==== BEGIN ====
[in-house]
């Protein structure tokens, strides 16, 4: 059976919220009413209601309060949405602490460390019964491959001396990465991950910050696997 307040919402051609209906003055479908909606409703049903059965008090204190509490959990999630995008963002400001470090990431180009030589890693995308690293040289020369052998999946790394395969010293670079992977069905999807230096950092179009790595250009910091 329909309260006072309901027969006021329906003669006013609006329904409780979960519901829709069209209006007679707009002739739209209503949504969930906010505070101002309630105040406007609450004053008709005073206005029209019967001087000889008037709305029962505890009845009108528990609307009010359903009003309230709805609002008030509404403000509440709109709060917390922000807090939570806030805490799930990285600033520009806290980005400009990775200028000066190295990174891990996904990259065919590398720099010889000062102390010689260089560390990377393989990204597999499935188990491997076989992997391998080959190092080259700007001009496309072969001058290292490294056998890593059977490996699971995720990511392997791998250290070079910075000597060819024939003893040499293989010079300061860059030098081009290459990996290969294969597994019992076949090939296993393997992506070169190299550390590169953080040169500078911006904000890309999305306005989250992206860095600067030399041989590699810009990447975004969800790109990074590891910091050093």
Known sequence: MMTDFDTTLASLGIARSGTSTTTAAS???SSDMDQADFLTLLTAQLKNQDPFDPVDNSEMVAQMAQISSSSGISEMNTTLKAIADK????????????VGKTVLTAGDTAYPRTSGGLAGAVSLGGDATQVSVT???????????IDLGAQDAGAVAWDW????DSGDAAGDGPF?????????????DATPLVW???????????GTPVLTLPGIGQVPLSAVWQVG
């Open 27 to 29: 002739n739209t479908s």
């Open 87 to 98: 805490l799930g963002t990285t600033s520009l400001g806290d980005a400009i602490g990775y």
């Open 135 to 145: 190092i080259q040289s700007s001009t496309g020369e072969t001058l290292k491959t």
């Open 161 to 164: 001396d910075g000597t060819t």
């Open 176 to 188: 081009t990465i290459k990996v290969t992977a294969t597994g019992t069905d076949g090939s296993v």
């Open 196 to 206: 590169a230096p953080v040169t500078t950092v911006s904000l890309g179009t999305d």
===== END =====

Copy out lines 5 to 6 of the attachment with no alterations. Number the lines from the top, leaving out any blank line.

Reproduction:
């Open 87 to 98: 805490l799930g963002t990285t600033s520009l400001g806290d980005a400009i602490g990775y």
């Open 135 to 145: 190092i080259q040289s700007s001009t496309g020369e072969t001058l290292k491959t």